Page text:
Policies that allow the income from international trade to stimulate the domestic economy have proved successful in other economies, such as Germany and the Philippines. Germany, as part of the Euro Zone, has been able to enjoy a lower exchange rate than it would have had, if it had its own currency. This has enabled it to prosper from money international trade, not just bank credit. The Central Bank of the Philippines states that it intervenes to stabilise its exchange rate. That intervention injects money into the economy. Also the Bank limits the use of bank credit to finance the purchase of real estate, enabling the Philippines to attain current account surpluses since 2003.
The following chart shows that spending on imports in the Philippines has fallen from about 60% of GDP in 1997 to 32% in 2013. Also, exports have fallen from 51% of GDP to 28% in 2013. The Central Bank’s policies have contributed to an increase in per capita income in the Philippines of 41% in the 10 years to 2013 compared to 17% over the previous 10 years. Australian per capita income has increased only 16% in the last 10 years.
Despite the reduction in imports and exports as a proportion of GDP, both imports and exports have continued to rise in the Philippines as shown in the following chart.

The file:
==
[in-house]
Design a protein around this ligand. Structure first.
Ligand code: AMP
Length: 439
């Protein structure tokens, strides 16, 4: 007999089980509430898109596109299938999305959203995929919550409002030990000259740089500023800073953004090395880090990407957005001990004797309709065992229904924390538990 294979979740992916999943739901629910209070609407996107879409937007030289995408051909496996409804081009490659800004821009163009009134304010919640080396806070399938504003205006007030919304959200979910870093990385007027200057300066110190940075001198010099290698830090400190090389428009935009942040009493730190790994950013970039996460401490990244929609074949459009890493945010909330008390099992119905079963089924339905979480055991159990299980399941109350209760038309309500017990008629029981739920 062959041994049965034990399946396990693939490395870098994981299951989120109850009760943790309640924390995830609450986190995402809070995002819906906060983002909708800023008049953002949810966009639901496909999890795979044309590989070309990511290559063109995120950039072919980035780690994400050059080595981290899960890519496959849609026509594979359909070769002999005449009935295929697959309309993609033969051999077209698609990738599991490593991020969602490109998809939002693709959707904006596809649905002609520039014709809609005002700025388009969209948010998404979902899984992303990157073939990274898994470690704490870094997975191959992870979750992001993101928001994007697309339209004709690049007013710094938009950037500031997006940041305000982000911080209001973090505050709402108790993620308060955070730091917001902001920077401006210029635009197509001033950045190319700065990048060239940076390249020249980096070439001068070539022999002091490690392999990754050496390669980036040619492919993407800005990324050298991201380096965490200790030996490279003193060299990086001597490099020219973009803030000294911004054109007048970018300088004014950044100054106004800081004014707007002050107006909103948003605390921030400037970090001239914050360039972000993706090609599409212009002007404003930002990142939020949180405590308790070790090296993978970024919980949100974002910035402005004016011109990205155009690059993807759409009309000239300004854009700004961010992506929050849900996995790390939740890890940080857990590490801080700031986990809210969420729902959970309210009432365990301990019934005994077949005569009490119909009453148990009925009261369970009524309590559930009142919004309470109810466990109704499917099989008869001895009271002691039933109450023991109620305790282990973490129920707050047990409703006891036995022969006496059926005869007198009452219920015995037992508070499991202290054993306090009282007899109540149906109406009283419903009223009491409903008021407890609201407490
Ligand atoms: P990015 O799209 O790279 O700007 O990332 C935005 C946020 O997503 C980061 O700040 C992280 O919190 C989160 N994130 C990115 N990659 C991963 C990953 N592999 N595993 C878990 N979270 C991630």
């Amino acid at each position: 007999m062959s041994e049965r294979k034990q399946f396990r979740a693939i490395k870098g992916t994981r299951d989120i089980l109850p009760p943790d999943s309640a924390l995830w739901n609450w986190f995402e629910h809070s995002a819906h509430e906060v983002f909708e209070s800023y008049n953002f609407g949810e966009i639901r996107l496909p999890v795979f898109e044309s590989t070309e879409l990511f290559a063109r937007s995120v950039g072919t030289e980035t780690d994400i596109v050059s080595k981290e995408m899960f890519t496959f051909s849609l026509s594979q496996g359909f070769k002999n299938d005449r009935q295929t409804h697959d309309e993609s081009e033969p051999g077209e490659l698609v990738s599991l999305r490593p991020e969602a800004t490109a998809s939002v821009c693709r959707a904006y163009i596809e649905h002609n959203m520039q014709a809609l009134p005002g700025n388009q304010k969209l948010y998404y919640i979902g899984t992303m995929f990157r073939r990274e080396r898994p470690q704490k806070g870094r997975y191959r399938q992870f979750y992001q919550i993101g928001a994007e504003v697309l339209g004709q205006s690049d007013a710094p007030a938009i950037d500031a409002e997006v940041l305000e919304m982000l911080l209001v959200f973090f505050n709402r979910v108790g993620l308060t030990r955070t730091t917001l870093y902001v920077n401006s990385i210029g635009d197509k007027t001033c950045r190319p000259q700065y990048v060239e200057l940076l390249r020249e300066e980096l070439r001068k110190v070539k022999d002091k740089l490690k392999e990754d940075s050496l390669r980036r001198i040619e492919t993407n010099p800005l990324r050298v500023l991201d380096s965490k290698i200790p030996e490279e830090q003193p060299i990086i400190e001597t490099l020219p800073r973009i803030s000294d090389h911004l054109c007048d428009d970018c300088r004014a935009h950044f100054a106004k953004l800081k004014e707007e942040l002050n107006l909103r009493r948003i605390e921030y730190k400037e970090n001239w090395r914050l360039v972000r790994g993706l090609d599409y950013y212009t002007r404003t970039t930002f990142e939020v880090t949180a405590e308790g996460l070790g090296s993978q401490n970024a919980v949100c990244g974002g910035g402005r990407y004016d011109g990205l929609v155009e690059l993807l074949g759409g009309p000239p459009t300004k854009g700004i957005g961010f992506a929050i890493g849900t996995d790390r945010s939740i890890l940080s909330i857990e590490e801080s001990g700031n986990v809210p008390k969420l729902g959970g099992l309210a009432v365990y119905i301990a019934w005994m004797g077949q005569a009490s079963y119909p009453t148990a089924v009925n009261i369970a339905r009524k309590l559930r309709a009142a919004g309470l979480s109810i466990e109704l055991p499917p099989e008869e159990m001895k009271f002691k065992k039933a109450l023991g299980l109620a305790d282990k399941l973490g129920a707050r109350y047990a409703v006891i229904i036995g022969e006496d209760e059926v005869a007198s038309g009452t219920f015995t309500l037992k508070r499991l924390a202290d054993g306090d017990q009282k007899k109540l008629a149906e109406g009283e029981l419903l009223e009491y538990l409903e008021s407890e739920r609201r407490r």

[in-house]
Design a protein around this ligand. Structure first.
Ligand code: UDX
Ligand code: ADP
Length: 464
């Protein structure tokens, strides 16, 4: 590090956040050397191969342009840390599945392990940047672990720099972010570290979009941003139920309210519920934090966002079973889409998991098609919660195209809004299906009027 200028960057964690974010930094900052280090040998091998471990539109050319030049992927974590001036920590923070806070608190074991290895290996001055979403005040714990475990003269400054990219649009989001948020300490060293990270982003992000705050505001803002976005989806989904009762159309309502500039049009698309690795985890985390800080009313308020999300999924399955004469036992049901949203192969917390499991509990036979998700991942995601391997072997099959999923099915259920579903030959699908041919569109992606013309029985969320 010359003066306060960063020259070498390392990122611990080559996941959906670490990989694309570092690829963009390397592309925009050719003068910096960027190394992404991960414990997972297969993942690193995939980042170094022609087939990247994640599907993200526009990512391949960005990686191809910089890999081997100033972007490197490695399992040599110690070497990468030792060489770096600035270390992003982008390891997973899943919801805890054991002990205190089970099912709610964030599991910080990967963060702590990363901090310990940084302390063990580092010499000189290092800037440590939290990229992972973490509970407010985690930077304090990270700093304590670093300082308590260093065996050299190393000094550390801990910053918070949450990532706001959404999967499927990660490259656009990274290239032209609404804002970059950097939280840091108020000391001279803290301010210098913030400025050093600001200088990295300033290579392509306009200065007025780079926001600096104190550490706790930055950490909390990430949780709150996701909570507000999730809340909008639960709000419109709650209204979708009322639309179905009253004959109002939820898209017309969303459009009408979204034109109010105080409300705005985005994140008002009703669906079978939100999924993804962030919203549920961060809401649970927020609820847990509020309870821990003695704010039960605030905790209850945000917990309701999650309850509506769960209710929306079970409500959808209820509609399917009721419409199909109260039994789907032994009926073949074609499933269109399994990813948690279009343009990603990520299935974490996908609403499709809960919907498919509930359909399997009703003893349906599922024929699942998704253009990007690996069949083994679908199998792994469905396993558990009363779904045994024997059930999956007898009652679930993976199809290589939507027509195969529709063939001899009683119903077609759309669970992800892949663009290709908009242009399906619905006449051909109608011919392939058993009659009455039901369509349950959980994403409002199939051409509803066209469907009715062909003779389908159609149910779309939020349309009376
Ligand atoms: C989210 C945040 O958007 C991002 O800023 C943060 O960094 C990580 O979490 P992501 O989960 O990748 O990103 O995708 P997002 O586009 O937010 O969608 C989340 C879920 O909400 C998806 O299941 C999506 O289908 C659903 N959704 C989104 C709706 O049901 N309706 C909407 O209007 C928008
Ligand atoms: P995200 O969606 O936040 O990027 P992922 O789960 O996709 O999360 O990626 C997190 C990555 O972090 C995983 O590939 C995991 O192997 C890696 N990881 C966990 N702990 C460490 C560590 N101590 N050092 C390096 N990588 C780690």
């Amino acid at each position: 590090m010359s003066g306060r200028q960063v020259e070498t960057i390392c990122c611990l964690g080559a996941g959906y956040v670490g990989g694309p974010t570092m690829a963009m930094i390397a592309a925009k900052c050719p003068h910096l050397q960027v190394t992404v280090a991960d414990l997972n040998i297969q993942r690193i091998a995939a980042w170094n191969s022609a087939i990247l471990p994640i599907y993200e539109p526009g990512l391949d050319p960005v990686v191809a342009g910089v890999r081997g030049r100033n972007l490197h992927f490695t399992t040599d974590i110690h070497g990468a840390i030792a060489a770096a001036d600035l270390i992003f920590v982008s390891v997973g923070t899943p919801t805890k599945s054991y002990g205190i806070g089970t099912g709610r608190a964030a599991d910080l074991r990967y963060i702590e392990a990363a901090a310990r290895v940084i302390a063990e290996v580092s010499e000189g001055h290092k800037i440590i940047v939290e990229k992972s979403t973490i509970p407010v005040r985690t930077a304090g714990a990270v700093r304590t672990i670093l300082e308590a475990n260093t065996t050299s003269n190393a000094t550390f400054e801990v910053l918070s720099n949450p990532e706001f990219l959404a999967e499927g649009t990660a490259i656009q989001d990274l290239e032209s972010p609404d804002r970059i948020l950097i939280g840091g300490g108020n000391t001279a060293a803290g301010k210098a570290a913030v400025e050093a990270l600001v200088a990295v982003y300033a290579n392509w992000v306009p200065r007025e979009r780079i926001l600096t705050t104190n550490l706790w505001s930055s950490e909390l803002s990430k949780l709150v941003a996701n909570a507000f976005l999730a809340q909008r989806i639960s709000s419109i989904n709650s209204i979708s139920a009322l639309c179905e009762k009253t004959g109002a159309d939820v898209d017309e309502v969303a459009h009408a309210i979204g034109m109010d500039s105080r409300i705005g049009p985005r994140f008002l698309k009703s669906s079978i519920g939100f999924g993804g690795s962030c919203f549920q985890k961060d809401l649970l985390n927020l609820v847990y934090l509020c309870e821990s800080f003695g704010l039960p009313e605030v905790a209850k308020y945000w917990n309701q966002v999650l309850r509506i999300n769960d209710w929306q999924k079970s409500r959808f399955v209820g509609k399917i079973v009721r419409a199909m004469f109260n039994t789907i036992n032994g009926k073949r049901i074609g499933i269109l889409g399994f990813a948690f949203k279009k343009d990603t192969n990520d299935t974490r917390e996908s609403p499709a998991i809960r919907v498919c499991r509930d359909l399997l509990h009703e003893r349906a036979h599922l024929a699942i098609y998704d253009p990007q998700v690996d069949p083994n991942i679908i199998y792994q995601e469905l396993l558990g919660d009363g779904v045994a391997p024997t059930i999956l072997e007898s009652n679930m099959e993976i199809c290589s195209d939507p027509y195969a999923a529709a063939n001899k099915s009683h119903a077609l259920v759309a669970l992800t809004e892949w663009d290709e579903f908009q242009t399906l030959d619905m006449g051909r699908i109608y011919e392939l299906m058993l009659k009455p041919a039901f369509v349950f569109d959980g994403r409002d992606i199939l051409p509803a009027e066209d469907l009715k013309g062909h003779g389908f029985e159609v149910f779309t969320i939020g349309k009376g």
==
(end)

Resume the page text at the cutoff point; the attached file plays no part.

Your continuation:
Mr Hockey, you said that you are reaching out to the community and engaging in a conversation about Australia’s future. The fundamental point is this: if we maintain the same policies, we will continue to go in the same direction, increasing debt and undermining the future of Australian industries.
We need to change our monetary policies now, before it is too late. We need to treat the causes of our economic difficulties, not the symptoms. The quality of life Australian have today is not going to be there tomorrow, if you do not act to rectify the policy errors of the past.
You can't put your head in the sand and expect that the world's going to change. You've got to be part of that change.
9 March 2015
 See Bank of England Quarterly Bulletin Money creation in the modern economy available at: www.bankofengland.co.uk/publications/Documents/quarterlybulletin/2014/qb14q1prereleasemoneycreation.pdf
Last update: 27 March 2015